Ghost in the Shell’s Patchwork Canon

By Claire Napier


Ghost in the Shell: Stand Alone Complex is a 2002 animated series in the Ghost in the Shell media franchise, creatively produced by writer-director Kenji Kamiyama.

It defines its title-phrase, a “stand alone complex”, as the change in society wrought by a memetic misunderstanding of actual events; the disruptive and impactful behaviour of copycats who don’t realise, or don’t acknowledge, they’re working originally. When circumstances, considered in hindsight, coincidentally appear more cohesive than their instigators’ actions truly were, this can enter the collective consciousness as the most engaging reality — therefore, the appropriate reality. People wish to participate in a cooler world, and so they choose to believe in the best-branded version of events.

It’s unclear whether this was an active metaphor for the juggernaut franchise Kamiyama was already working within — but either way Ghost in the Shell has continued to exponentially expand its commercial and cultural real estate. Not only does Ghost in the Shell’s reputation reach further than its audience, but it’s canon has the impression of being better established than its texts.

As of the end of 2015, there are four core voices to the combined chorus of Ghost in the Shell’s narrative. The original manga by Masamune Shirow, the 1995 animated film by Mamoru Oshii, Kamiyama’s anime Stand Alone Complex, and Tow Ubukata and Kazuchika Kize’s 2014 feature-length miniseries Ghost in the Shell: Arise. Each of these examples have supplementary, follow-up entries; sequels, prequels, novelisations, etc, which increase their power in greater amounts the more similar their production to their founding entry. Ghost in the Shell: Innocence, for example, is visibly, audibly, and tonally different to the film Ghost in the Shell, so it augments their section of the franchise in a lesser sense that Stand Alone Complex: 2nd Gig, an essentially identical but more sharply focussed second season to the Stand Alone Complex animated series, does. Video games and virtual reality shorts also feature, with less narrative impact.

Unusually but not uniquely, each creator’s adaptation covers very similar ground: as many series in the Transformers franchise features good Autobots led by Optimus Prime, so each version of Ghost in the Shell centres upon Section 9, the cyber crime law enforcement unit, and the eight members who make it up. What’s unusual is the extent to which each creative headliner chooses to retread old ground — what’s fascinating is how every new layer in the harmony creates the impression that there’s a conductor standing just behind you. A True Knowledge, or “real event log,” that each entry in the franchise is trying to express, and enjoyably failing. In experiencing each subsequent piece of the continually expanding whole work, the suggestion begins to form that there is something within Ghost in the Shell which is unbreakable, and sacred. There begins to be a right way to do things.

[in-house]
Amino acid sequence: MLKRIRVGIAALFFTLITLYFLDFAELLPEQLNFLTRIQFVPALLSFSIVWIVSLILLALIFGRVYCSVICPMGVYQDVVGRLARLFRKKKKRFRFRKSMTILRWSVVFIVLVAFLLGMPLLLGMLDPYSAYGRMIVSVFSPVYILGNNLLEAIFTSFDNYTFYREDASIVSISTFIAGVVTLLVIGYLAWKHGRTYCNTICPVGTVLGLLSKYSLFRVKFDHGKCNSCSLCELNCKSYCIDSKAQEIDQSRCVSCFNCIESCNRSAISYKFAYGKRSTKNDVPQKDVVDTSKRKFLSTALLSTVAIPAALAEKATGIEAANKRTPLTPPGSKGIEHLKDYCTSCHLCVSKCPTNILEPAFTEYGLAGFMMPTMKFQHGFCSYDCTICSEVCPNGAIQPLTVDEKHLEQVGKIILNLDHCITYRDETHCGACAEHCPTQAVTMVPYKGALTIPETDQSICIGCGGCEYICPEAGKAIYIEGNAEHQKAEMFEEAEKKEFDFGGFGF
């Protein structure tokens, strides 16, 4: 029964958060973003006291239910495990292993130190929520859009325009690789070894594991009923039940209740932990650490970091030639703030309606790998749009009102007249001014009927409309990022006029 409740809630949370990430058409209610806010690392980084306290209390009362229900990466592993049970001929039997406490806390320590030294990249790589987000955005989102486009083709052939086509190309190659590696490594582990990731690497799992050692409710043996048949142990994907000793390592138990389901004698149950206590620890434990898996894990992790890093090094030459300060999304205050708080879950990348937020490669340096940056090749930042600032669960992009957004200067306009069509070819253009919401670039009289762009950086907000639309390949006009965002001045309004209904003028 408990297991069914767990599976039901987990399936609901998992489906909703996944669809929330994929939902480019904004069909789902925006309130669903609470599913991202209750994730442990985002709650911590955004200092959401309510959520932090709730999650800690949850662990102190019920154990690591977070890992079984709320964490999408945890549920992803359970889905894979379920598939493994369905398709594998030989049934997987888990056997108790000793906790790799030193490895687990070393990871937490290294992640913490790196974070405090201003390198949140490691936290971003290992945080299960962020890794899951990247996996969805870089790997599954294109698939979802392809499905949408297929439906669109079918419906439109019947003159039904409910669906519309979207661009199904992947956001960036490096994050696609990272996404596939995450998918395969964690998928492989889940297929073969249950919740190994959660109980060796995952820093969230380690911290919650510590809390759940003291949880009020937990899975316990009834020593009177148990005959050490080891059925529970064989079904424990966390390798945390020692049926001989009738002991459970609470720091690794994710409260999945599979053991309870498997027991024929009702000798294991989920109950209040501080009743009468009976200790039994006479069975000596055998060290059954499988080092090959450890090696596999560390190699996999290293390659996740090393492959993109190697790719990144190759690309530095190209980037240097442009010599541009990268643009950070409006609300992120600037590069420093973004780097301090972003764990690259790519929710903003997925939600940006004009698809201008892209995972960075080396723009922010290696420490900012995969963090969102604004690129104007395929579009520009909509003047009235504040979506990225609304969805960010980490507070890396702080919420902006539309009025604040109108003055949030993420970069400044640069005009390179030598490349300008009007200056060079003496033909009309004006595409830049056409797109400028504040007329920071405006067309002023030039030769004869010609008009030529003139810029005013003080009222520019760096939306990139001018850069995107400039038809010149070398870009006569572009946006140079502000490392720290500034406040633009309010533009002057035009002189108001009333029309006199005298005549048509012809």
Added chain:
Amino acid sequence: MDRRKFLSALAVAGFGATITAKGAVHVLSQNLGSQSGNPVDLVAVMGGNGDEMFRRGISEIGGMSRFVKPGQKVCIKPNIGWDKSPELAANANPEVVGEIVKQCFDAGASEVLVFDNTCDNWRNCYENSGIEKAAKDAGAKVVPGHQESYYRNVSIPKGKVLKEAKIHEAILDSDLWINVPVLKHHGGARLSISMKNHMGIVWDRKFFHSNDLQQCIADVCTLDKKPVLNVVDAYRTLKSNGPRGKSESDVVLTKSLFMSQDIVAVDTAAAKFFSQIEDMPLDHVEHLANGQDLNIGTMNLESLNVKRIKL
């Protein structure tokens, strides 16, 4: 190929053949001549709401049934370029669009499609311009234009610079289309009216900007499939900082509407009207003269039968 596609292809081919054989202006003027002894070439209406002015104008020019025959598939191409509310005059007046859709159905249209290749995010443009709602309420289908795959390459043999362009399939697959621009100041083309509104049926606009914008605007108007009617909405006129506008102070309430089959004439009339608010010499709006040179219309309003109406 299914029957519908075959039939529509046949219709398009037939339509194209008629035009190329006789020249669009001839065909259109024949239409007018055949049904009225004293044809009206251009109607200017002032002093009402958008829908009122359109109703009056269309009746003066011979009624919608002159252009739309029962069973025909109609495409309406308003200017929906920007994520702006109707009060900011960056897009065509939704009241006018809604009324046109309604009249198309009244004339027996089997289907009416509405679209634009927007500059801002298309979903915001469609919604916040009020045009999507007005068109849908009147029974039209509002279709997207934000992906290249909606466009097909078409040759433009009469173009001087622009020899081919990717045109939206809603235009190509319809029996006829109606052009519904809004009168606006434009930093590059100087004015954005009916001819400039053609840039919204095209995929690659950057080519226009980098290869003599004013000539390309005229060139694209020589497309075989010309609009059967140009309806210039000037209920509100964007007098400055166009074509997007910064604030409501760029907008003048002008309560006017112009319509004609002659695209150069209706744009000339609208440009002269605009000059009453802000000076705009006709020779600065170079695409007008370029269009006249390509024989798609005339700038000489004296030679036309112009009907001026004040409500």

It’s easy to see how this may have started. Oshii’s success with his animated adaptation outstripped the fame of Shirow’s original manga. 1996’s American release (March in cinemas, June on VHS) of the motion picture Ghost in the Shell was critically acclaimed, and more importantly critically validated as cinematic fare for normal adults. Roger Ebert, despite calling the film “too complex and murky [for blockbusting]” began his April ‘96 review with “Ghost in the Shell is not in any sense an animated film for children.” There was nobody of a similar level of influence to do this for imported, black and white comic books from a noticeably non-American illustrative tradition. So while the manga was available to English-speaking audiences legally, translated and collected, Ghost in the Shell became a popular foreign, philosophical art film about which the chosen few could whisper facts. “In the book, it’s like this”. “In the original text, it’s revealed that this character does that!” As an exotified text with a source, the property gained the image of something that is as it is, but is also more, and different.

The protagonist (or most observed character?), Major Motoko Kusanagi, became somebody about whom one could have viewed a complete work, a whole profile, while aware that others knew things about “her” that couldn’t be denied, because they came from the original. The two works became entwined more deeply than they were destined to be as original and adaptation. They became symbiotic, and the ghost started to haunt us.